1. Why did I develop a frozen shoulder?


We do not have a good explanation for the development of frozen shoulder in most patients.
The majority of cases seem to be more prevalent in women, diabetics, and those with hypothyroidism. Others who develop frozen shoulder are those who have sustained an injury and developed stiffness as a result. The trauma can be quite mild or severe, and the body’s response to the event is probably more important than the event itself.

2. How can frozen shoulder be treated?


The resolution of a frozen shoulder can be very slow, but physical therapy can speed up the healing process. Frozen shoulder begins with pain followed by the rapid development of stiffness. Usually when the pain starts to subside physical therapy can be effective in stretching the capsule back out. Occasionally in unmanageable cases surgery is indicated. This is true only in cases in which the pain has subsided and the residual capsular contracture has not responded to six months or more of physical therapy. Early surgery in the face of frozen shoulder will lead to more problems with stiffness after surgery.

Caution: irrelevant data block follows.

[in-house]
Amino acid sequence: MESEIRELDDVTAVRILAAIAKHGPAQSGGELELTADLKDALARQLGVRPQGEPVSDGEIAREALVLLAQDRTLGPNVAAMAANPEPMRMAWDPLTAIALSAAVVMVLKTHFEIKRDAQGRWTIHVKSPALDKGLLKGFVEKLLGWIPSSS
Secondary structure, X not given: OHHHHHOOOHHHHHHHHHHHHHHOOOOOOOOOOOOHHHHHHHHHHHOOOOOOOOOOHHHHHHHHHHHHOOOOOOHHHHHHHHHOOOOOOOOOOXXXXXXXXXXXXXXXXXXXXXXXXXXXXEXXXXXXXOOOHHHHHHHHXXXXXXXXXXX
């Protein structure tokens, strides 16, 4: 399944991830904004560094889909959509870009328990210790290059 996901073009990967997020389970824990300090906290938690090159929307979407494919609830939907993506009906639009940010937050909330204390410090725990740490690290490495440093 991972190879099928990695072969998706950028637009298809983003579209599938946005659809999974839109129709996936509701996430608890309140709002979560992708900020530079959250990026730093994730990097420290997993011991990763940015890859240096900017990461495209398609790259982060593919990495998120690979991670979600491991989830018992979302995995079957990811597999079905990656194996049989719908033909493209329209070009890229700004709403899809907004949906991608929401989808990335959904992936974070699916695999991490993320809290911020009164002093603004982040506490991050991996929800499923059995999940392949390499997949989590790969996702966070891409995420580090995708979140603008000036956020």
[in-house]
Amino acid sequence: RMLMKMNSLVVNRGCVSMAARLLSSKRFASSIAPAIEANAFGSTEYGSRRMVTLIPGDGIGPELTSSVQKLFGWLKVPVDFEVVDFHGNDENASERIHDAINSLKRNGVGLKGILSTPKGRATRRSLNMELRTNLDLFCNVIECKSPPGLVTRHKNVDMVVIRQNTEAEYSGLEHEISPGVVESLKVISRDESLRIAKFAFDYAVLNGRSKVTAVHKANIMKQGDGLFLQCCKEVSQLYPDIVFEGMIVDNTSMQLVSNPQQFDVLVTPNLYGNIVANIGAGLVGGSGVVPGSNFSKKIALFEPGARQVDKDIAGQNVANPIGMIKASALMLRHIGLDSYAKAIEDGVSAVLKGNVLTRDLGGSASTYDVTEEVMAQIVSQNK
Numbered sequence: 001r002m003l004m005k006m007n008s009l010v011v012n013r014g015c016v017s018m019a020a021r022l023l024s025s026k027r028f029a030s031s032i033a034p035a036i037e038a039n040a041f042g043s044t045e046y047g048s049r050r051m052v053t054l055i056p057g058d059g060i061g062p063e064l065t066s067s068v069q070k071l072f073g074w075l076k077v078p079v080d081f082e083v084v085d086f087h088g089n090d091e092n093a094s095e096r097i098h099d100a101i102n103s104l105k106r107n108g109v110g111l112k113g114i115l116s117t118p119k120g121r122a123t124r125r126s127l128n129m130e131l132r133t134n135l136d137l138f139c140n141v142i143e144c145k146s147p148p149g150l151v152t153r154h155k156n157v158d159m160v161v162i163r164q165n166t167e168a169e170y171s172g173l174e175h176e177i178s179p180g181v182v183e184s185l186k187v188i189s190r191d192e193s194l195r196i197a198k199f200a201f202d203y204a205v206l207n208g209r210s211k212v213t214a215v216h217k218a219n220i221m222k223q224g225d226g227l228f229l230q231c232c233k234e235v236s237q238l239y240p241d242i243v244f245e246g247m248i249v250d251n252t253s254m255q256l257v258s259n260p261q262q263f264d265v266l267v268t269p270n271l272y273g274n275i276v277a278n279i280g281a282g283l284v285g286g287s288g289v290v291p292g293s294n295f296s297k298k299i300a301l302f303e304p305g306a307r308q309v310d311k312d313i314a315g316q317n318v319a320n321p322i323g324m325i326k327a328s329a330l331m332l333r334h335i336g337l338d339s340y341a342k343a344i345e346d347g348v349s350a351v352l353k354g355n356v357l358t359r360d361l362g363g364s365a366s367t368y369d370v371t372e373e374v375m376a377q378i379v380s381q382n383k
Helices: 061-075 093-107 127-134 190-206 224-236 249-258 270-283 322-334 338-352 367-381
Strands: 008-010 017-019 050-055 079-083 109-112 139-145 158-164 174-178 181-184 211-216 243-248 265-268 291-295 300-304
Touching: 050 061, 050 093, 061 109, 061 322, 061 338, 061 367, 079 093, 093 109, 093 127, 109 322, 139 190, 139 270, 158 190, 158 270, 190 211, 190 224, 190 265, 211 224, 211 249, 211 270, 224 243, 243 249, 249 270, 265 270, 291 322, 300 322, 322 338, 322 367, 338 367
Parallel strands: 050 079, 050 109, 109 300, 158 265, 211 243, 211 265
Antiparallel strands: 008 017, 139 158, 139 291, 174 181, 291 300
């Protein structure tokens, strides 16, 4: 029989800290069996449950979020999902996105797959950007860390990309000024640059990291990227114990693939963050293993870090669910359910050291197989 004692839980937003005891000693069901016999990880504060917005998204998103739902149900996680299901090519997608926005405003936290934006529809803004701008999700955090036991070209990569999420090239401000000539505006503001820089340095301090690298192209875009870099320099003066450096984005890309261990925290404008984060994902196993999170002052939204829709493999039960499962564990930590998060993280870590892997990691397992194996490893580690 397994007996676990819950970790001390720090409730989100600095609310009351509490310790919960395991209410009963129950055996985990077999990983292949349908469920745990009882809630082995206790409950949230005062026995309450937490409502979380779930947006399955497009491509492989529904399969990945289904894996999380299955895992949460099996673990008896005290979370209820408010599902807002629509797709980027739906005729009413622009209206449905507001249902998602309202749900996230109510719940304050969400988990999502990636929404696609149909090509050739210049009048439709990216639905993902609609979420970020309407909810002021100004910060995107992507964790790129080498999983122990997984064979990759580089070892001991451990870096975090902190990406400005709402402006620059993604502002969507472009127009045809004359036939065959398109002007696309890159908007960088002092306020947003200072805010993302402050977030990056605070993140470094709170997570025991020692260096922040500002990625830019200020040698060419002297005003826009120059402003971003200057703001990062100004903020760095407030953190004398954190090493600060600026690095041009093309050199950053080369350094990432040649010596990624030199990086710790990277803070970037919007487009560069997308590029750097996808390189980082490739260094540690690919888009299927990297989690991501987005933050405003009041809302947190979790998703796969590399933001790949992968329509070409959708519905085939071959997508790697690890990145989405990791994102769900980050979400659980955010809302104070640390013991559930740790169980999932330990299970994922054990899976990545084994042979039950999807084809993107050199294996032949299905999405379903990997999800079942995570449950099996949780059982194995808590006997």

I have been diagnosed with a rotator cuff tear in addition to frozen shoulder; why won’t the surgeon repair the rotator cuff now?


Surgery in the face of a frozen shoulder is not recommended because of the immobilization required after a rotator cuff repair. The shoulder becomes more inflamed after the surgery and the immobilization required to heal the cuff repair leads to increased stiffness. The only way to deal with this combination of problems is to allow physical therapy to stretch out the frozen shoulder. Once that has been accomplished, the rotator cuff repair can be performed. The shoulder will probably be stiffer than the average cuff repair after the immobilization period ends, but research has shown that physical therapy can help regain lost motion.


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